The ‘cat’ on Arteaga’s table is not real in a conventional sense. There are four versions of it, all doubled in the mirrored surface beneath. Each ‘cat’ is a skeleton, whose bones are made of book-pulp. Delicate joints and ribs reveal semi-legible text, emphasising the skeleton-cat’s role as a locus for meaning, a repository for information.

In its first iteration, the skeleton is presented lying on its side, like the bones of a wild animal picked clean and bleached in the sun, or as if a grave has been excavated by archaeologists. Next, the book-bones are meticulously laid out in order of size, recalling a museological display (another key area of interest for Arteaga, who has created work in response to natural history collections).



In its third form, the cat is splayed wide, as if fossilised. Seeing a domestic cat in the form of a fossil, we are forced into confrontation with our relationship with the non-human. Why do we treasure some animals as pets, dismiss others as food or roadkill, and ignore the mass-extinction that we are inflicting on still more? And how is our relationship with non-humans determined by the contexts in which we learn about and access them? Books and museums are placeholders for access-information, channelling the way in which we think about non-humans, helping us to separate one thing (‘my pet cat’) from another (‘a fossil’) and often helping us to ignore the interconnectedness that is fundamental to ecology.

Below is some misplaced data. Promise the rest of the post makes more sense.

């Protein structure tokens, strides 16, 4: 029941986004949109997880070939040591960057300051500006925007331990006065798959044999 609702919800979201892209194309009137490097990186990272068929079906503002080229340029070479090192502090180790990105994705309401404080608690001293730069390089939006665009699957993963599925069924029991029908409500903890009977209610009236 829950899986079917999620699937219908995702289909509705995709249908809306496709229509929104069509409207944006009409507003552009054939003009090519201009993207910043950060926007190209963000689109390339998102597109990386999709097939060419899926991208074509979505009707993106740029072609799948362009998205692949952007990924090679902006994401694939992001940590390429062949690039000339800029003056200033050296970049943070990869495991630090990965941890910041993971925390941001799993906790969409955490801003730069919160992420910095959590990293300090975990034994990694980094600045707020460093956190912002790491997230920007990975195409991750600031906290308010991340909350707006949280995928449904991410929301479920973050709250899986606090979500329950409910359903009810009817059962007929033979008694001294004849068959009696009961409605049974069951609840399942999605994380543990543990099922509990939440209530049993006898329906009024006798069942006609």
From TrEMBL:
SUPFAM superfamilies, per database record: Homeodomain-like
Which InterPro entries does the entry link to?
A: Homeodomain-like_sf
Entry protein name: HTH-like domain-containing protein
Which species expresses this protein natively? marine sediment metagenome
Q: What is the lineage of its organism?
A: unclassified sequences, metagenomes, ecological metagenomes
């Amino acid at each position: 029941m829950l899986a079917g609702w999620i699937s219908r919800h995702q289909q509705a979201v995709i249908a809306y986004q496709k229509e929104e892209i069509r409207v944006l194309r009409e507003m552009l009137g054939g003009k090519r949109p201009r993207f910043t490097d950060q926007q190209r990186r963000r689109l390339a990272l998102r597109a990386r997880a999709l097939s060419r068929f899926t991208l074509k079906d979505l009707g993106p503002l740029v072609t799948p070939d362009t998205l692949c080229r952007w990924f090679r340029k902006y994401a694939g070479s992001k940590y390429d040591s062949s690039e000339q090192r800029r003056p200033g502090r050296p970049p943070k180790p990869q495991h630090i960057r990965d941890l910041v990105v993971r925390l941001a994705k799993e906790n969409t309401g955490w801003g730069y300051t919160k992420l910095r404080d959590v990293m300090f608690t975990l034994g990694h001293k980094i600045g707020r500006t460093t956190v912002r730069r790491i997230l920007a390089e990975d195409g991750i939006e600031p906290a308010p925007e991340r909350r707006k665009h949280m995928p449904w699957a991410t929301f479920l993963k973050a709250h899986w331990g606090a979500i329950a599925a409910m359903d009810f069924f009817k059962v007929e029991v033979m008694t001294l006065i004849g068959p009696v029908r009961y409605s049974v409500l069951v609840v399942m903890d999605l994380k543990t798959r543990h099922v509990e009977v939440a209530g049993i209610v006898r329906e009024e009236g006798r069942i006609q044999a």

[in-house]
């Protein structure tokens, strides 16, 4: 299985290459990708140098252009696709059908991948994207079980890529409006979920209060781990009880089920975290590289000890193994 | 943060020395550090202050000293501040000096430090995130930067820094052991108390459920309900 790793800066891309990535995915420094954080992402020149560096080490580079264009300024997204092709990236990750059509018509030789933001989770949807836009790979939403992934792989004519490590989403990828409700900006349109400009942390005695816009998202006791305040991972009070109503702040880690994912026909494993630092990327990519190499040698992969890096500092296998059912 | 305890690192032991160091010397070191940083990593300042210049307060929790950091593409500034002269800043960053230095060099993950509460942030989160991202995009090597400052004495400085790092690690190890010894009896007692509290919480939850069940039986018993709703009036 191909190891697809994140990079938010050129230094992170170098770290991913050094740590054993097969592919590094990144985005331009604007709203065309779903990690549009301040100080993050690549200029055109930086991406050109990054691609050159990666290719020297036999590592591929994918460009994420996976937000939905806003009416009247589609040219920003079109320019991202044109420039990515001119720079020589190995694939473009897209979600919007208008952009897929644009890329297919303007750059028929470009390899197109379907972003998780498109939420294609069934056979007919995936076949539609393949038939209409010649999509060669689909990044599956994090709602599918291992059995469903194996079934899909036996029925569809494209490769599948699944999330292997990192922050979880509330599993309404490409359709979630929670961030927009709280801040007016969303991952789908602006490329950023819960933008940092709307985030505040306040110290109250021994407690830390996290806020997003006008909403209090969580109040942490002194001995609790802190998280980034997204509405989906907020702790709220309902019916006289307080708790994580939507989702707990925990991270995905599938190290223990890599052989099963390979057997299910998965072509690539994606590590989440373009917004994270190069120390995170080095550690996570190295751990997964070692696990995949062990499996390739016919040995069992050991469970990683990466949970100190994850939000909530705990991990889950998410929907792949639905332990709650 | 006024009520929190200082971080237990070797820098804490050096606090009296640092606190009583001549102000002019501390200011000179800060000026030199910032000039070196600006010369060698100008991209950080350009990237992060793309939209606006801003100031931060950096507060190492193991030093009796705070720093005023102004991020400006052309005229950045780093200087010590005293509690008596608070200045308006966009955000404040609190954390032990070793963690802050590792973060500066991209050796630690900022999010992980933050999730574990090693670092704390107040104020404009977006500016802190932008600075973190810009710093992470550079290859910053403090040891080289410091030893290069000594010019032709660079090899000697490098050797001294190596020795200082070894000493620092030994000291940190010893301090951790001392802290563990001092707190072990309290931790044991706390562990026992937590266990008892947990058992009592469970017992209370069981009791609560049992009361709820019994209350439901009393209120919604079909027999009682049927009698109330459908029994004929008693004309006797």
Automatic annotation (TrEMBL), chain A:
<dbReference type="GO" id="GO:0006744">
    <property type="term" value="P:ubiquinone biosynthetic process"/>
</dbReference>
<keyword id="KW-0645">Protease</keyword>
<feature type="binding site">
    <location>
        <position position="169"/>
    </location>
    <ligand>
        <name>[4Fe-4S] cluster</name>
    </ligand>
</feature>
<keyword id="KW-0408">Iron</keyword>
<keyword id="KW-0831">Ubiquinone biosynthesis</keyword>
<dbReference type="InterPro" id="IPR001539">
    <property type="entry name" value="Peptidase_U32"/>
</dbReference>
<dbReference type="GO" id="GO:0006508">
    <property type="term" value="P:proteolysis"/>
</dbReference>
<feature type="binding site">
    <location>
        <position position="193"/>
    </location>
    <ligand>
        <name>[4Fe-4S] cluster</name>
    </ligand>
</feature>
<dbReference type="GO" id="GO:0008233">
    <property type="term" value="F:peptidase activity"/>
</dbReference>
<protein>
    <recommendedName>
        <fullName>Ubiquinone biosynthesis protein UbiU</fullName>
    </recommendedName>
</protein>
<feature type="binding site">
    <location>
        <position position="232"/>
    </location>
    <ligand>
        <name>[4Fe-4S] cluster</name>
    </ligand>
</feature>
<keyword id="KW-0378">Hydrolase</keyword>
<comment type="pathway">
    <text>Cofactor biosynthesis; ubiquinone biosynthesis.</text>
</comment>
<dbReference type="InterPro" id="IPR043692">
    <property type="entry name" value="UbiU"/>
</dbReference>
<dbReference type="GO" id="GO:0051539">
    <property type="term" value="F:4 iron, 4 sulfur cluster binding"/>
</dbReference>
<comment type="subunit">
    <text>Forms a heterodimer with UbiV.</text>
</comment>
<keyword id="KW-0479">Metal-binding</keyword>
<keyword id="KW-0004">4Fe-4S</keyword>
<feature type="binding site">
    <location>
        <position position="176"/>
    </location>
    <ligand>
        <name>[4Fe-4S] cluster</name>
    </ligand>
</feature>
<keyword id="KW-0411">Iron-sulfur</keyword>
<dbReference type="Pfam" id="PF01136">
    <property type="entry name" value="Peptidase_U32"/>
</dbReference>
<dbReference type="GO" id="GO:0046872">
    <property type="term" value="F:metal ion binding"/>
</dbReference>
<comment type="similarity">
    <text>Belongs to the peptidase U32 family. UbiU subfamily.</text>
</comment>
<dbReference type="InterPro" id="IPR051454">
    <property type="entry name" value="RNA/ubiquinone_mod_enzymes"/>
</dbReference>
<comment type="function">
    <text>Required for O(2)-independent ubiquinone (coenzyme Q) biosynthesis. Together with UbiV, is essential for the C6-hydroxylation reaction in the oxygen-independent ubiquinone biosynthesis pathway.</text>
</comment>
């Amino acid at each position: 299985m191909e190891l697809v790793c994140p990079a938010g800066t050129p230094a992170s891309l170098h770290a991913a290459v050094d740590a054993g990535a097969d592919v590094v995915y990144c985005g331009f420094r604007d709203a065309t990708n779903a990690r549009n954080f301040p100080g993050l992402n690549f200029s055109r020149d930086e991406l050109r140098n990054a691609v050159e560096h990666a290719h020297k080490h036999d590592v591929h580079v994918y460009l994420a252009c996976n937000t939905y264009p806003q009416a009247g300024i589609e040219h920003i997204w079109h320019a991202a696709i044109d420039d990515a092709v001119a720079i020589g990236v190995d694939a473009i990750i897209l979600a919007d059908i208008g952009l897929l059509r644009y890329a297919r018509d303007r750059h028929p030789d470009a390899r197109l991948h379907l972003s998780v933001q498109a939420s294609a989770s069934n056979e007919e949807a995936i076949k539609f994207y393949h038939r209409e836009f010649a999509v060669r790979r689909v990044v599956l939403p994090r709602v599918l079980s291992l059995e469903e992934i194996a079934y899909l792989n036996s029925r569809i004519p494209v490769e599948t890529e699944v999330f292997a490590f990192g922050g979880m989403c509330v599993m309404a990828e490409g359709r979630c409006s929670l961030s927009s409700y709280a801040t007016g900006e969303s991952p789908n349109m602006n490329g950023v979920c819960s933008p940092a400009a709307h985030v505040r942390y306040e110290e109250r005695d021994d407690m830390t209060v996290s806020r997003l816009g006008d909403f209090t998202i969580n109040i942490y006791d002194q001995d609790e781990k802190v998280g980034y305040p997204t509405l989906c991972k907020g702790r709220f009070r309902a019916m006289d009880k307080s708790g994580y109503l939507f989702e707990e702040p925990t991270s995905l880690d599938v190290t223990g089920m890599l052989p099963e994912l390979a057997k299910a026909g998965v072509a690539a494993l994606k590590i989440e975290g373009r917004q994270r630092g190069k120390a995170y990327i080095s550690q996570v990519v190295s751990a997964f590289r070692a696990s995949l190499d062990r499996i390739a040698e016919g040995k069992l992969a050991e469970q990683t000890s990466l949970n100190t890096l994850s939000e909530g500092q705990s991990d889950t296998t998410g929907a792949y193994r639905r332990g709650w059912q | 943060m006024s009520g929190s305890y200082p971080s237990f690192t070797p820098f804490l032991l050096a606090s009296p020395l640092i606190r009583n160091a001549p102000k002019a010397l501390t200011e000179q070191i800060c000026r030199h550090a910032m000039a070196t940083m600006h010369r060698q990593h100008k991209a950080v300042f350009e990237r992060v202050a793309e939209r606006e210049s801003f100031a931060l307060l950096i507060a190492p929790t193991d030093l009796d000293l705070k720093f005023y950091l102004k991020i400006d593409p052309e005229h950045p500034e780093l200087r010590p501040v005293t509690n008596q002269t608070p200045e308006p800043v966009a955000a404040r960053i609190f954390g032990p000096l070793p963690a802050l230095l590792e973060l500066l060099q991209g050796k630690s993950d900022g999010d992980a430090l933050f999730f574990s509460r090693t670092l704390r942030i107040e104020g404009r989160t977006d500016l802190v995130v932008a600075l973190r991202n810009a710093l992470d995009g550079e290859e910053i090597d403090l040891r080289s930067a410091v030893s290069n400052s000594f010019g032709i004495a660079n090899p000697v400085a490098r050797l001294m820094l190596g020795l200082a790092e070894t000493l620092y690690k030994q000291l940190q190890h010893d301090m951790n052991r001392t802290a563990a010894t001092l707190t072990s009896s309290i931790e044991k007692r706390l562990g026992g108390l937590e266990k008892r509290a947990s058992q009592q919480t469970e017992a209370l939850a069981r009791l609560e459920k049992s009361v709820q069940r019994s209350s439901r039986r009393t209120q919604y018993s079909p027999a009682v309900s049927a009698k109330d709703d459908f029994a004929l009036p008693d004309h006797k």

In his current installation This path one time long time ago at the Potteries Museum & Art Gallery in Stoke-on-Trent, Arteaga has intervened in the museum’s natural history collection to disrupt the accepted modes of display that direct the viewer’s experience of the natural world within the museum. By adding stylised ceramic versions of the stuffed birds on display, or by staging a collapsed light fixture, Arteaga draws attention to the theatricality of the presented scenes of taxidermy.



His intervention emphasises that, on the one hand, the animals on show are animals; a parent could point out a ‘stag’ to their child and it would, in a sense, be true. On the other hand, it is not a stag; it has the skin and antlers of a stag, but its insides are stuffing and wire, and its eyes and nose are glass and resin. It differs from a living stag as much as it differs from a picture of a stag in a book. And yet we can’t access the living stag directly either; all we can change is our mode of access. Arteaga’s work draws our attention to the variety of modes by which we access the non-human, encouraging us to form connections and allow for co-existence.

The final cat on the table is a heaped pile of flakes and splinters. It recalls leftovers, a by-product, cremated remains, both distillation and reduction. A handful of dust, it signifies the future as much as the past – but whose future, and whose past?


Words by Anna Souter